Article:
Column: Drought days of summer in Texas, not in Nevada where it's called summer

I strolled outside this week because, rumor had it, there was water falling from the sky.

Sure enough. Rain, I think they call it.

This was not particularly newsworthy, except the rain in Carson City happened to come on the same day that parts of Texas were suffering through their 59th day of drought - a record.

In Nevada, 59 days without rain is not usually called drought. It's called "summer."

I guess it's all in what you're accustomed to. You don't miss your water until the sky goes dry.

In North Texas, 59 days without rain is a catastrophe. It's making national headlines - $595 million in losses to farmers and ranchers, they say - and 153 counties have been declared disaster areas.

I would be tempted to point that "Texas disaster area" might be considered redundant, but I don't want to hear from any Texans.

It has gotten so bad that they can't even seed the clouds, because there haven't been any clouds to seed in Texas. You can tell the government is involved, because they are referring to it as a "precipitation enhancement program."

The old record of a 58-day drought for Texas came in 1934, during the period known as the Dust Bowl years. These days, I suppose, the government would refer to it as a "dirt enhancement program."

I feel sorry for the folks in Texas, because there's no doubt they're suffering. But saying they have gone 59 days without rain didn't evoke that much sympathy from me.

Here's what did: During that stretch, the temperature has gone to 100 degrees or more on 36 days.

Now that hurts.

In fact, as I was checking out some of the North Texas newspapers, I happened upon the Sherman Herald Democrat.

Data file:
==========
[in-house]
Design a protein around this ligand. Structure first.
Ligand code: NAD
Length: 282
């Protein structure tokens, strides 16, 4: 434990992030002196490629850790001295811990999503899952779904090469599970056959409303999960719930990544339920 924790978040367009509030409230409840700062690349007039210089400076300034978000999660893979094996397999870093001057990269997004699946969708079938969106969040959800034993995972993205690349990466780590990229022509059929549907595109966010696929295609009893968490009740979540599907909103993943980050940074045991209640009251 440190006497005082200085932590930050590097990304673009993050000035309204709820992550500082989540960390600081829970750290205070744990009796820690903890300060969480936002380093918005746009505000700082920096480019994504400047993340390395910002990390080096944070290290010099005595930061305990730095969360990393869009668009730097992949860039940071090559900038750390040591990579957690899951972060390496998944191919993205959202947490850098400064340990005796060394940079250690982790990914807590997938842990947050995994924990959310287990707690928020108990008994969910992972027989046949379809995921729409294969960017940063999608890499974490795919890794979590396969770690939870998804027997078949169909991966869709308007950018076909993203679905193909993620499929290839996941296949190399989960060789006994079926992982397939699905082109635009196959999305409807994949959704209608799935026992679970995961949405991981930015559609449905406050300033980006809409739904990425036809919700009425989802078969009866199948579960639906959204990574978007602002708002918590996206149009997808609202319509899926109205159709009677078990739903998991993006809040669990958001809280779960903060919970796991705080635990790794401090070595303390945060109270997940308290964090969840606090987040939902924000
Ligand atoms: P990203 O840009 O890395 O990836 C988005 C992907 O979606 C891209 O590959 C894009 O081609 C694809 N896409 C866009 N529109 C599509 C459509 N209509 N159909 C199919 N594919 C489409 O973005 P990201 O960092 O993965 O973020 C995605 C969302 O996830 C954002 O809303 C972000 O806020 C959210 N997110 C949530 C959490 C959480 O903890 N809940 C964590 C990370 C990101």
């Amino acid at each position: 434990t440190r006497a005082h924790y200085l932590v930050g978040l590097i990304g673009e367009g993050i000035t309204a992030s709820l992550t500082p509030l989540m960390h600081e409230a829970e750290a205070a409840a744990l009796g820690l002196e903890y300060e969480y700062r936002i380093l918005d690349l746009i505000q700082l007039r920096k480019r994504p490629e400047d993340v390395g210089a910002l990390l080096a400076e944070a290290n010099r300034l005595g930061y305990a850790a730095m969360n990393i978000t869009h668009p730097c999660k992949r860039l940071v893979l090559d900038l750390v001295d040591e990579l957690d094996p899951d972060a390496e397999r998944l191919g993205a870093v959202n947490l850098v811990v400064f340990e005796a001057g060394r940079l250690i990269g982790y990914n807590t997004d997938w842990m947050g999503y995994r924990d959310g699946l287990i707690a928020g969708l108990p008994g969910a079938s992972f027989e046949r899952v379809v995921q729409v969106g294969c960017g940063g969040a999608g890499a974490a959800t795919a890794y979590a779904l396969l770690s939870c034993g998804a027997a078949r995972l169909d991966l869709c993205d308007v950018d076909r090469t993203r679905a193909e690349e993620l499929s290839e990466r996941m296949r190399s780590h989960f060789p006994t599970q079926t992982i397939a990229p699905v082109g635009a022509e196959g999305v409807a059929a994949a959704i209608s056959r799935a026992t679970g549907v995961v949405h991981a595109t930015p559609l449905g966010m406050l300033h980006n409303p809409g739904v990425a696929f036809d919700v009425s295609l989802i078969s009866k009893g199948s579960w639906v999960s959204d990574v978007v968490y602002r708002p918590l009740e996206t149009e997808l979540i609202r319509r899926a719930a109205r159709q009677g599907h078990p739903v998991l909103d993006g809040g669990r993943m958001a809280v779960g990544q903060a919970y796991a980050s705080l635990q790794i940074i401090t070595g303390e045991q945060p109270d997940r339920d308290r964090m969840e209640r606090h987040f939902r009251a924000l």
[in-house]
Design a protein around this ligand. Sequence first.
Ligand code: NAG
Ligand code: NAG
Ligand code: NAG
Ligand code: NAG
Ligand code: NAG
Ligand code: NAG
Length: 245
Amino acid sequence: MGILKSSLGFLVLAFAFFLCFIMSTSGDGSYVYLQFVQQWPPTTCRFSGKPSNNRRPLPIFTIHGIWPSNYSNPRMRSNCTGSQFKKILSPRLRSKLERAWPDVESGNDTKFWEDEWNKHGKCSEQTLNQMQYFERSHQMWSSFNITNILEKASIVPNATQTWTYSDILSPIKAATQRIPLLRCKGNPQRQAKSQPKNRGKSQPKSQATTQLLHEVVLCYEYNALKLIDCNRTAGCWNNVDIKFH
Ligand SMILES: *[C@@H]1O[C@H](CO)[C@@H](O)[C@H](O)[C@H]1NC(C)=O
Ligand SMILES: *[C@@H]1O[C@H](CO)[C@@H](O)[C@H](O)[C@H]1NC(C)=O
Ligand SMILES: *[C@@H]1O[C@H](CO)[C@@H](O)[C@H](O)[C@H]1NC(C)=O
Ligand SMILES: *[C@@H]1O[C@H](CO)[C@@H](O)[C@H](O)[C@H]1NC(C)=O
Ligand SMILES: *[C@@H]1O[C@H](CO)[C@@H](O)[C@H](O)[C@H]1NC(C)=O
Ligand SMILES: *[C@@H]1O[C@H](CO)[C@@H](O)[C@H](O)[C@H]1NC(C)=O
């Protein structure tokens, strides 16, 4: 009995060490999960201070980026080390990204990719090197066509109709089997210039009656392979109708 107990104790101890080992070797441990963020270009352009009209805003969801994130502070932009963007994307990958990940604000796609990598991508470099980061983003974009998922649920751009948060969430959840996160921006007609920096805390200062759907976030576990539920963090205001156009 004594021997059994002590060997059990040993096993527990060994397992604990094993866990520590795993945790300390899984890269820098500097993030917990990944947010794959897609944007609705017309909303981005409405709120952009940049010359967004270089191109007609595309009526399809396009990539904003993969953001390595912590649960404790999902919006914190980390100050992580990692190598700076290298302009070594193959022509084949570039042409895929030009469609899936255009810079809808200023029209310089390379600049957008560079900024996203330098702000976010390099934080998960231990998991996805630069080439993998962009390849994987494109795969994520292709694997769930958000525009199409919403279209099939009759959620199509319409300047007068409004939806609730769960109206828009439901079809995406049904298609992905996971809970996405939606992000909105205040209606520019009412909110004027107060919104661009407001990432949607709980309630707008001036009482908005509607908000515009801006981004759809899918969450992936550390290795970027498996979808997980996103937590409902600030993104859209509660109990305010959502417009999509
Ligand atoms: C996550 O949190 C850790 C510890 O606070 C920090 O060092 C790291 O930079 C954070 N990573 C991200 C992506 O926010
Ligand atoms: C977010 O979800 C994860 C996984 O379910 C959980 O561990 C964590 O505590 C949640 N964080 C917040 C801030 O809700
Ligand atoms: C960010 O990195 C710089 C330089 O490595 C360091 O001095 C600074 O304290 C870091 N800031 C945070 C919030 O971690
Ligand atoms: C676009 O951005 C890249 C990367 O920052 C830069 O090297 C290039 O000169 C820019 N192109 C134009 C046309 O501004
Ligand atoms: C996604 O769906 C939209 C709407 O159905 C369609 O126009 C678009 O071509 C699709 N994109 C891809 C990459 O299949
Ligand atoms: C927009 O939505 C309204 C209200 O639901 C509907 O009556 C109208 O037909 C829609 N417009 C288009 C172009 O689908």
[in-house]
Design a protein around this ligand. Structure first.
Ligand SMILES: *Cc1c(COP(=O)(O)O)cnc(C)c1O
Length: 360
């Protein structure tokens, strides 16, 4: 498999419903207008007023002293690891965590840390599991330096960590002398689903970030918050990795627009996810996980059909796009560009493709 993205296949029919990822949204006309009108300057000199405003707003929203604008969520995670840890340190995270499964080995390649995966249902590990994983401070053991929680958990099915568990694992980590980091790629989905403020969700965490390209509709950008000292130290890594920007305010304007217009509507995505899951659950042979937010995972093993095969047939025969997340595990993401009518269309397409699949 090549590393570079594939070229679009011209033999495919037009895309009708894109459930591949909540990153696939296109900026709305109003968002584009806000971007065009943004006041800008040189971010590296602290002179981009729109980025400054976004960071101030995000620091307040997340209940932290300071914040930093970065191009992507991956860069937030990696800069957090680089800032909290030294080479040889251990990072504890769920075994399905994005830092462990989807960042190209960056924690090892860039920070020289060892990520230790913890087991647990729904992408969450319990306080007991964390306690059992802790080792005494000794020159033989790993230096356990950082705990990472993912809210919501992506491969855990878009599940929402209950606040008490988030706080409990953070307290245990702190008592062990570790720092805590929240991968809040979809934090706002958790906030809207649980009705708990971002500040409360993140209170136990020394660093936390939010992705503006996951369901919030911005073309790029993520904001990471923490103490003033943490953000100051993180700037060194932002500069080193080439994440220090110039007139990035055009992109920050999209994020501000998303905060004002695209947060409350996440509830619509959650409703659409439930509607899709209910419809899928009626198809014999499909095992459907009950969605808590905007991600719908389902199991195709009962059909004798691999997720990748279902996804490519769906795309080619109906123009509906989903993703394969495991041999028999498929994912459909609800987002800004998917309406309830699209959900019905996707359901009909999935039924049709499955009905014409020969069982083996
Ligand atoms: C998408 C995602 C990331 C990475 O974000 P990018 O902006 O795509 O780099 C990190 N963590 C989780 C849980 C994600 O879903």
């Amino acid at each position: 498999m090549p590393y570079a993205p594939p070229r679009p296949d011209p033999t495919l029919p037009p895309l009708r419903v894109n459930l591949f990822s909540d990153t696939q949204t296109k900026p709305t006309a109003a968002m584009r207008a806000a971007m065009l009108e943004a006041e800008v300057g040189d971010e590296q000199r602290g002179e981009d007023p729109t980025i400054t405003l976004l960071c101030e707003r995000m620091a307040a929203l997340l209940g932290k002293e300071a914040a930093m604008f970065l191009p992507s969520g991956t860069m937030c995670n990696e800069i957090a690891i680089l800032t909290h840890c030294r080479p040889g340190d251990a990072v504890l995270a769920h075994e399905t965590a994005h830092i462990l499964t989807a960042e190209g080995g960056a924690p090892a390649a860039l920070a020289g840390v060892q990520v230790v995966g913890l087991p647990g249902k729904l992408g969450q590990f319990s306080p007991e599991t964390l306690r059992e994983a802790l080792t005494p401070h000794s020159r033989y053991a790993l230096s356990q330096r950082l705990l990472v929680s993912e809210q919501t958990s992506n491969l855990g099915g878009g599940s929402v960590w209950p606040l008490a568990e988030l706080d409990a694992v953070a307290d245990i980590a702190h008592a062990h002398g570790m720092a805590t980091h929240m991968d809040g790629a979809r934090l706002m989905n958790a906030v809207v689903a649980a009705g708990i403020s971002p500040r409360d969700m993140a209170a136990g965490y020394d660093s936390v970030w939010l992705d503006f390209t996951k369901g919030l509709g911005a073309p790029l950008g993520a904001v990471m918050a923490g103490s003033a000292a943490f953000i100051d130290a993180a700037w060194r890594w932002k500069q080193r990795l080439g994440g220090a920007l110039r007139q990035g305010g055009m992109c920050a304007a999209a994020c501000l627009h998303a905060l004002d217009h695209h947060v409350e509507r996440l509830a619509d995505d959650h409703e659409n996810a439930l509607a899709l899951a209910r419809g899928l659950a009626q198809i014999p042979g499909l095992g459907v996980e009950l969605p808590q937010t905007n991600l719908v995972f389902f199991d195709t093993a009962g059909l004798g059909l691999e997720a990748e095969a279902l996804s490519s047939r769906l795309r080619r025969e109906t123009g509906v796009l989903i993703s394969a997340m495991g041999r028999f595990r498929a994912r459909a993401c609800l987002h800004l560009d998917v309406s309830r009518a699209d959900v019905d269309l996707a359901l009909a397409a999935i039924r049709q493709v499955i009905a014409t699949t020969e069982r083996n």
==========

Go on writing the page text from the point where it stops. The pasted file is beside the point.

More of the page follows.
On its Web site, the Herald Democrat posts the time and temperature.

Bad idea.

Time: 7:35 p.m. Temperature: 100.

It's hard to put a Chamber of Commerce spin on that kind of information. I suppose you could call it a sunshine enhancement program. "Welcome to Sherman, where we've had 59 sunny days in a row!"

I accidentally drove through Texas once on my way to New Mexico. It was in the middle of the night. Amarillo seemed pleasant enough.

Now, if I were the editor of a Texas newspaper and were reading about the goings-on in Nevada, I'd probably be taking a different tack.

For one thing, I would note that what they call summer in Texas is known as "fire season" in Nevada.

When I did go outside this week to feel some sprinkles on my face, I couldn't tell if Carson City was socked in by clouds or by the smoke of some part of the Sierra burning to the ground.

As it turns out, there were some clouds - but most of it was smoke.

Kind of hard for the Chamber of Commerce to put a spin on that one, too. "Welcome to Carson City, where smoking is allowed indoors and outdoors!"

Yes, that would be part of our smoke enhancement program.

The other thing to point out, were I a Texas editor, would be that some places experiencing drought or a particularly severe fire season may turn to some spiritual means for help. In other words, they might ask a local tribe to perform a dance or some other ritual in order to please the rain gods.

In Nevada? Nah.

We like to bring in something called "Burning Man," which is apparently a tribute to the gods of fire and drugs.

OK, I'll admit that "Burning Man" takes place about 100 miles from the nearest tree. Nevertheless, it seems that something more like "Water Woman" would be more appropriate to the season.

Let me say that I've never been to "Burning Man," but I've seen the pictures. It reminded me a lot of the end zone at an Oakland Raiders game if they let the fans take off their clothes.

Come to think of it, the people in the Black Rock Desert may indeed be the same people who have season tickets in the end zone at Raiders games.

But the Burning Man festival isn't about the weather at all. It's about bringing 30,000 or so people into Nevada so they can prance around in the desert in all kinds of strange costumes and celebrate their own spirituality and art. Or something like.

It's part of our wackiness enhancement program.

Barry Smith is managing editor of the Nevada Appeal.


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